Revisit our investigation of how thousands of "rogue releases" — when industrial polluters spew noxious chemicals into the air during malfunctions and other unplanned incidents, exceeding permit limits — occur in Texas each year.
Eleven additional plaintiffs and a new defendant have been added to a lawsuit against the company whose manufacturing plant experienced a series of chemical fires as a result of floodwaters from Hurricane Harvey.
When first responders were sent to the scene of a chemical fire at a manufacturing plant last week, they were never alerted to the toxic fumes in the air, a new lawsuit alleges. And the plant's parent company could face another lawsuit in the next several weeks.
Billionaire Warren Buffet has been outbid in his effort to buy Texas’ largest transmission utility. A California-based energy conglomerate has swooped in with an $18.8 billion proposal to buy coveted Oncor.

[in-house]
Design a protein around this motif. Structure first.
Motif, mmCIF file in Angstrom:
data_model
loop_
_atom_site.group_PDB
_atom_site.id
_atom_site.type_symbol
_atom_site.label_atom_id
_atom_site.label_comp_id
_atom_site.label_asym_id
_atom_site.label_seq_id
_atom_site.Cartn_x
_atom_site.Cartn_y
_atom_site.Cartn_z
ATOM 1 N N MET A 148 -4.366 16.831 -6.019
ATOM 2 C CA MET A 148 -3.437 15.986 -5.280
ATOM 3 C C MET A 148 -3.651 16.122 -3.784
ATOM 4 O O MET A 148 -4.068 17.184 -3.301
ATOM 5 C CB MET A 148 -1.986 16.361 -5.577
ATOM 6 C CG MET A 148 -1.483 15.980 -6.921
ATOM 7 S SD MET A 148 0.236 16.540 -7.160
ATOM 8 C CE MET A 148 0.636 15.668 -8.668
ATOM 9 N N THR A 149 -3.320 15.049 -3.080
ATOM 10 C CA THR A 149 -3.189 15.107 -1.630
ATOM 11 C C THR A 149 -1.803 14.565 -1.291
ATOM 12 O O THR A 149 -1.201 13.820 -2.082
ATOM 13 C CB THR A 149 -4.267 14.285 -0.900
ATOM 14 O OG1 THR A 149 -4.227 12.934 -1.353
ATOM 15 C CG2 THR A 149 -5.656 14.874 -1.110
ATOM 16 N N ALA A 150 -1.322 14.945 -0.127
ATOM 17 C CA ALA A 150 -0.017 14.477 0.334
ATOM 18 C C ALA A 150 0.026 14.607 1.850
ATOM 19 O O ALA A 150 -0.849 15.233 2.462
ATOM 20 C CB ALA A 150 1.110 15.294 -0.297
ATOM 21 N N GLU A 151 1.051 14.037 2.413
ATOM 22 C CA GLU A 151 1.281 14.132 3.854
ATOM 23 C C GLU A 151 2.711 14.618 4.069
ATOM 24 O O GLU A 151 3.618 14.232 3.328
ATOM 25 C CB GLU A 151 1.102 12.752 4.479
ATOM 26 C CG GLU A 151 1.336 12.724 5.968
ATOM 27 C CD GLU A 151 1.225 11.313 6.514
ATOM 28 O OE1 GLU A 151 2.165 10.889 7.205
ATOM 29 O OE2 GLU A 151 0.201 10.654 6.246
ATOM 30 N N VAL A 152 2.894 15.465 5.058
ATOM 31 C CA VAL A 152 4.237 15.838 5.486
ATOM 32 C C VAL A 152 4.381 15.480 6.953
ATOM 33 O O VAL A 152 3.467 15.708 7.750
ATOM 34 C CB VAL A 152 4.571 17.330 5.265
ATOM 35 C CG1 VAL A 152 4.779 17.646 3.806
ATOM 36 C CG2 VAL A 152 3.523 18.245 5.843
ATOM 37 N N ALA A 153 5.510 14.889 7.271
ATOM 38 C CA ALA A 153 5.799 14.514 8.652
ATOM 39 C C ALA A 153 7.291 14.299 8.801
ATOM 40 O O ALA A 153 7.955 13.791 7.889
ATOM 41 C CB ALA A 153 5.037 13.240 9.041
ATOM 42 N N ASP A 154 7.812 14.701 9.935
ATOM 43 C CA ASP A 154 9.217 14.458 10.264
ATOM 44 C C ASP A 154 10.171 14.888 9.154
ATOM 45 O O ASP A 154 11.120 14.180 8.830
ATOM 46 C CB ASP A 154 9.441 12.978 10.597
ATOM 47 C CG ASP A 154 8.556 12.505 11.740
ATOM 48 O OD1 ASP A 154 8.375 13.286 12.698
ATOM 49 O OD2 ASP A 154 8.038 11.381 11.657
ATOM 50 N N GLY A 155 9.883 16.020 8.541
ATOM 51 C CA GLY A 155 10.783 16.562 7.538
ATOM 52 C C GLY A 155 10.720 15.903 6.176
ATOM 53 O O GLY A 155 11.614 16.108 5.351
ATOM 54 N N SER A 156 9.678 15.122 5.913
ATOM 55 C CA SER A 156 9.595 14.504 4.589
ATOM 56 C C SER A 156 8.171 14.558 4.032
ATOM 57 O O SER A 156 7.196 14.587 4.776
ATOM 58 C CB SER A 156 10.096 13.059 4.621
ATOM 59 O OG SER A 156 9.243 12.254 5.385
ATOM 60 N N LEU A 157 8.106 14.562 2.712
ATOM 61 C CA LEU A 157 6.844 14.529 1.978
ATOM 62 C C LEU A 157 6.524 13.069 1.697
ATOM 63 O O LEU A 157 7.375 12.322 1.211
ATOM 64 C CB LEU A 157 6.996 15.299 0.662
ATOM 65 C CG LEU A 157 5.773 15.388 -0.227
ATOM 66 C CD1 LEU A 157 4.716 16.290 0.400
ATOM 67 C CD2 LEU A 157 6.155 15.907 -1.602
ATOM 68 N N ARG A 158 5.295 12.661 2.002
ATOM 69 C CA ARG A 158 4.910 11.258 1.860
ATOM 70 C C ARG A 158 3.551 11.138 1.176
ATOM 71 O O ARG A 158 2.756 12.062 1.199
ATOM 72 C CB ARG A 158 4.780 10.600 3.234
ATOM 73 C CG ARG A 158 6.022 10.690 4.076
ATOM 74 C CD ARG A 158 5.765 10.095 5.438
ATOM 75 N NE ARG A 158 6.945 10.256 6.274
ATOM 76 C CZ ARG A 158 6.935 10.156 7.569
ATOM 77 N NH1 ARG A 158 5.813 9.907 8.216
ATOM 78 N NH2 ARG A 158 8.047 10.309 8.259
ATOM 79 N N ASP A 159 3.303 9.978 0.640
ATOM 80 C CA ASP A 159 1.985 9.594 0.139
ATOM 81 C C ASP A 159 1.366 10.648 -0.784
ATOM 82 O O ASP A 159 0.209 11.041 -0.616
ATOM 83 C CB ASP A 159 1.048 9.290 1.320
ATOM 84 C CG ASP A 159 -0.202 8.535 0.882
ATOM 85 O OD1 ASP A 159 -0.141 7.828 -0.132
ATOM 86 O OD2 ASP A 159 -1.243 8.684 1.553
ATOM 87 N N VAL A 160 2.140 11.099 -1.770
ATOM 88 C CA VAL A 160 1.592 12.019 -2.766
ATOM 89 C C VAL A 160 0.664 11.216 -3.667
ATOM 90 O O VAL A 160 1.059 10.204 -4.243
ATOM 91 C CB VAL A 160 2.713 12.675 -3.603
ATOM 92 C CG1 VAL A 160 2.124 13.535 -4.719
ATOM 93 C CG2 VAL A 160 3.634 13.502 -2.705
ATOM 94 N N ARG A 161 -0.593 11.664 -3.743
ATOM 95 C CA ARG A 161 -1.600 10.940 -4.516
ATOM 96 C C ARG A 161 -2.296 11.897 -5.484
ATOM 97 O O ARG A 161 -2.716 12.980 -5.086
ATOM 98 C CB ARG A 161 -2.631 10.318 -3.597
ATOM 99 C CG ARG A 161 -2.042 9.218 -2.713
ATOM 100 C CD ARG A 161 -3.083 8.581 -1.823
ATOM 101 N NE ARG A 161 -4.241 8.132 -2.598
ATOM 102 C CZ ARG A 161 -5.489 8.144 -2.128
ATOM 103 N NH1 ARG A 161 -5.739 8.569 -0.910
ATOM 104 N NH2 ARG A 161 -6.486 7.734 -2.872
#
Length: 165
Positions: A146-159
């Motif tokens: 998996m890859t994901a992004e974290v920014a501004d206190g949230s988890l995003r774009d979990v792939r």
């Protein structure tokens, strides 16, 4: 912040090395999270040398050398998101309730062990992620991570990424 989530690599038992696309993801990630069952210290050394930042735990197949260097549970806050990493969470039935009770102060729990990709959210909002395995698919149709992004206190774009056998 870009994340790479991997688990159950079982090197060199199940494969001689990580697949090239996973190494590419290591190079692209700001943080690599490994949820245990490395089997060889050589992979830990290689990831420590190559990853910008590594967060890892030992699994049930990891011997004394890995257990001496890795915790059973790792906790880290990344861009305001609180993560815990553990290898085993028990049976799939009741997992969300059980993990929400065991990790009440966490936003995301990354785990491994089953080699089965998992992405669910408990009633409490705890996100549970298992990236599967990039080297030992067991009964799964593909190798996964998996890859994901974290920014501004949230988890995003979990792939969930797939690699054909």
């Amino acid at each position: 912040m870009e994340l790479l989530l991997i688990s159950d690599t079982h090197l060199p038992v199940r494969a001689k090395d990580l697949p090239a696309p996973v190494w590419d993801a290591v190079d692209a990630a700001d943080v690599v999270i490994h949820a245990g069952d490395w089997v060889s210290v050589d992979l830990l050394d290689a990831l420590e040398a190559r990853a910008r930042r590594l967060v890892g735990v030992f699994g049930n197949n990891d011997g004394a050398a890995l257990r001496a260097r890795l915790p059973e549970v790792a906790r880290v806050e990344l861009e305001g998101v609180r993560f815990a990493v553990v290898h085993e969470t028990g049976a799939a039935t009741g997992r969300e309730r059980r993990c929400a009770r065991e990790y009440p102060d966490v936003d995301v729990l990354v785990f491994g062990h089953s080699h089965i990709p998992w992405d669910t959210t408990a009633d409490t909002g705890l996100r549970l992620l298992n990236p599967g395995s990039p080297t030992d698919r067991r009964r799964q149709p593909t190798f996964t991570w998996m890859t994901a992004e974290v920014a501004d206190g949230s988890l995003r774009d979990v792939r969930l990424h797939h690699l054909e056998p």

Texas industrial polluters rarely face sanctions when they spew noxious chemicals into the air during malfunctions and other unplanned incidents, exceeding the emission limits of their state-issued air permits.
In this week's edition of the Trib+Water newsletter: Texas rivers art exhibit at the Capitol, restoring the glass-bottom boats in San Marcos and an interview with Aaron Wolf of Oregon State University.
Between 2006 and 2015, the last year for which data is available, residential electric prices for Texans who live in a competitive market decreased by 17.4 percent, while prices increased by 5.5 percent in other areas.